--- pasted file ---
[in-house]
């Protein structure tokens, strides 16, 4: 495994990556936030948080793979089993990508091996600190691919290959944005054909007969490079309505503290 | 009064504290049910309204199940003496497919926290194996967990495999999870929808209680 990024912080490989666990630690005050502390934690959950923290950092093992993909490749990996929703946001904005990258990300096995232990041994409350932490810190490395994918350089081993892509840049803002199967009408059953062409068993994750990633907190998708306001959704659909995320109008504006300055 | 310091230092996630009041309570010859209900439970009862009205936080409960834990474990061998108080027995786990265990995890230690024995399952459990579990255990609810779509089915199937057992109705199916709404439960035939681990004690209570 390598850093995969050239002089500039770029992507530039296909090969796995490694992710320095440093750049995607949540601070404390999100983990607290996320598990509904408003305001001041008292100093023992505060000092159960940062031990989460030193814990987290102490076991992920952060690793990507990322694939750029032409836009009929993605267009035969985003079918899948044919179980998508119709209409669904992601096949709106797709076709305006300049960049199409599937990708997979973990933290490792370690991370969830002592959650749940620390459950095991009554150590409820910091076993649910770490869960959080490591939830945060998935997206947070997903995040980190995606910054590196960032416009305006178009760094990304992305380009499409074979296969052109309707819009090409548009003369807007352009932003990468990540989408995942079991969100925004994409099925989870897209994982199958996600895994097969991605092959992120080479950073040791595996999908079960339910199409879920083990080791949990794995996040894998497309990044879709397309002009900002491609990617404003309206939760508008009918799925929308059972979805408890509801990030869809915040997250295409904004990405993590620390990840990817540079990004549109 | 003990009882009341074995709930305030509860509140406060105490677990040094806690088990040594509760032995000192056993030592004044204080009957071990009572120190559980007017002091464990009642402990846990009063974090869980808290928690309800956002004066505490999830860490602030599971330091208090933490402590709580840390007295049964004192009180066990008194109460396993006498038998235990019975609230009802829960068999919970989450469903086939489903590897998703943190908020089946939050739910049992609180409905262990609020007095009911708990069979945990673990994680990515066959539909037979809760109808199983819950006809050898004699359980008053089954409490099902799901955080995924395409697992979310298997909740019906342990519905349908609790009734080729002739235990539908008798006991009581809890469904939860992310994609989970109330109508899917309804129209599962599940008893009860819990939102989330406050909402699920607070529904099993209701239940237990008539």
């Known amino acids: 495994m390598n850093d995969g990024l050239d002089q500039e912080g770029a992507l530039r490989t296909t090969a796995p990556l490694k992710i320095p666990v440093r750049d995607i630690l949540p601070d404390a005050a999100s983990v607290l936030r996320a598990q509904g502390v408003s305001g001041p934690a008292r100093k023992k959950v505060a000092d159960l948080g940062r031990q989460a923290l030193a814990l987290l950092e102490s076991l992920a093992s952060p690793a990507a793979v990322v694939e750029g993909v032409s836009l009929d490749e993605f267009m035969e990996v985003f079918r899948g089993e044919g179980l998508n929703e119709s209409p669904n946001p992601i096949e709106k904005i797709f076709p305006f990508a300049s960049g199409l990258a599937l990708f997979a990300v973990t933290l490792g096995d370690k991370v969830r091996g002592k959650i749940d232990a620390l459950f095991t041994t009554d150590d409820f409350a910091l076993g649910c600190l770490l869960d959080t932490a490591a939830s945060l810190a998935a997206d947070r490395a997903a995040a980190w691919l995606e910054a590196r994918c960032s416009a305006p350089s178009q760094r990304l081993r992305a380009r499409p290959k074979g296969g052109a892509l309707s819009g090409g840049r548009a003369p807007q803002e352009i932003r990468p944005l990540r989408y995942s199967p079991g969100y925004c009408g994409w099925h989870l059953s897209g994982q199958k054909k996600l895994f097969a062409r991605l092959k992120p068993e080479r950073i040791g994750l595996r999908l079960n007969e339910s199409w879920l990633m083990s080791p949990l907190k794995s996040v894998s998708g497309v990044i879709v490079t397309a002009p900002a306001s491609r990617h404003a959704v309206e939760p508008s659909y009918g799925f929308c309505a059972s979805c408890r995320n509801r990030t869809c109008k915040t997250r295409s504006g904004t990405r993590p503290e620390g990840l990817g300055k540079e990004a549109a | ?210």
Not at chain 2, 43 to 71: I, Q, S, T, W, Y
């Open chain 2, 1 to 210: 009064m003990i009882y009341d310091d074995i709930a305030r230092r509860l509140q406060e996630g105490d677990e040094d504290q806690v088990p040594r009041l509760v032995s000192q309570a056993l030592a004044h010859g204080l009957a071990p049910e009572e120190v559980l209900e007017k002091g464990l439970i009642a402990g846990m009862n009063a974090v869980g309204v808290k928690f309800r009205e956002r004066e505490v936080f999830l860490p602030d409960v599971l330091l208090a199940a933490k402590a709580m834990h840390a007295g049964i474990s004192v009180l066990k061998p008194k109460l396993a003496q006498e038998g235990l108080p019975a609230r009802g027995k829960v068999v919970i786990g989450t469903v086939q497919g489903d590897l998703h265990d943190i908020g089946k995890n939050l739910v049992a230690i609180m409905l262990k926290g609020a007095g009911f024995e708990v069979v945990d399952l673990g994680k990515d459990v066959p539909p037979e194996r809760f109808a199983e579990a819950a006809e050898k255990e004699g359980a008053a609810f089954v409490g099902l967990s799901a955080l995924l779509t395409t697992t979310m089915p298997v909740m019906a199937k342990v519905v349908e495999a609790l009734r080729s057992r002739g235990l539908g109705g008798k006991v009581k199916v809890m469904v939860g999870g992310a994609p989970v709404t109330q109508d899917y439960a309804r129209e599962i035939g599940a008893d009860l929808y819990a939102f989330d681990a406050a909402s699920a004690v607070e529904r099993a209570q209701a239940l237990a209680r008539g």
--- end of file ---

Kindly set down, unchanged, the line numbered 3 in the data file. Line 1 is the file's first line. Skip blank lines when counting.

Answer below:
């Known amino acids: 495994m390598n850093d995969g990024l050239d002089q500039e912080g770029a992507l530039r490989t296909t090969a796995p990556l490694k992710i320095p666990v440093r750049d995607i630690l949540p601070d404390a005050a999100s983990v607290l936030r996320a598990q509904g502390v408003s305001g001041p934690a008292r100093k023992k959950v505060a000092d159960l948080g940062r031990q989460a923290l030193a814990l987290l950092e102490s076991l992920a093992s952060p690793a990507a793979v990322v694939e750029g993909v032409s836009l009929d490749e993605f267009m035969e990996v985003f079918r899948g089993e044919g179980l998508n929703e119709s209409p669904n946001p992601i096949e709106k904005i797709f076709p305006f990508a300049s960049g199409l990258a599937l990708f997979a990300v973990t933290l490792g096995d370690k991370v969830r091996g002592k959650i749940d232990a620390l459950f095991t041994t009554d150590d409820f409350a910091l076993g649910c600190l770490l869960d959080t932490a490591a939830s945060l810190a998935a997206d947070r490395a997903a995040a980190w691919l995606e910054a590196r994918c960032s416009a305006p350089s178009q760094r990304l081993r992305a380009r499409p290959k074979g296969g052109a892509l309707s819009g090409g840049r548009a003369p807007q803002e352009i932003r990468p944005l990540r989408y995942s199967p079991g969100y925004c009408g994409w099925h989870l059953s897209g994982q199958k054909k996600l895994f097969a062409r991605l092959k992120p068993e080479r950073i040791g994750l595996r999908l079960n007969e339910s199409w879920l990633m083990s080791p949990l907190k794995s996040v894998s998708g497309v990044i879709v490079t397309a002009p900002a306001s491609r990617h404003a959704v309206e939760p508008s659909y009918g799925f929308c309505a059972s979805c408890r995320n509801r990030t869809c109008k915040t997250r295409s504006g904004t990405r993590p503290e620390g990840l990817g300055k540079e990004a549109a | ?210």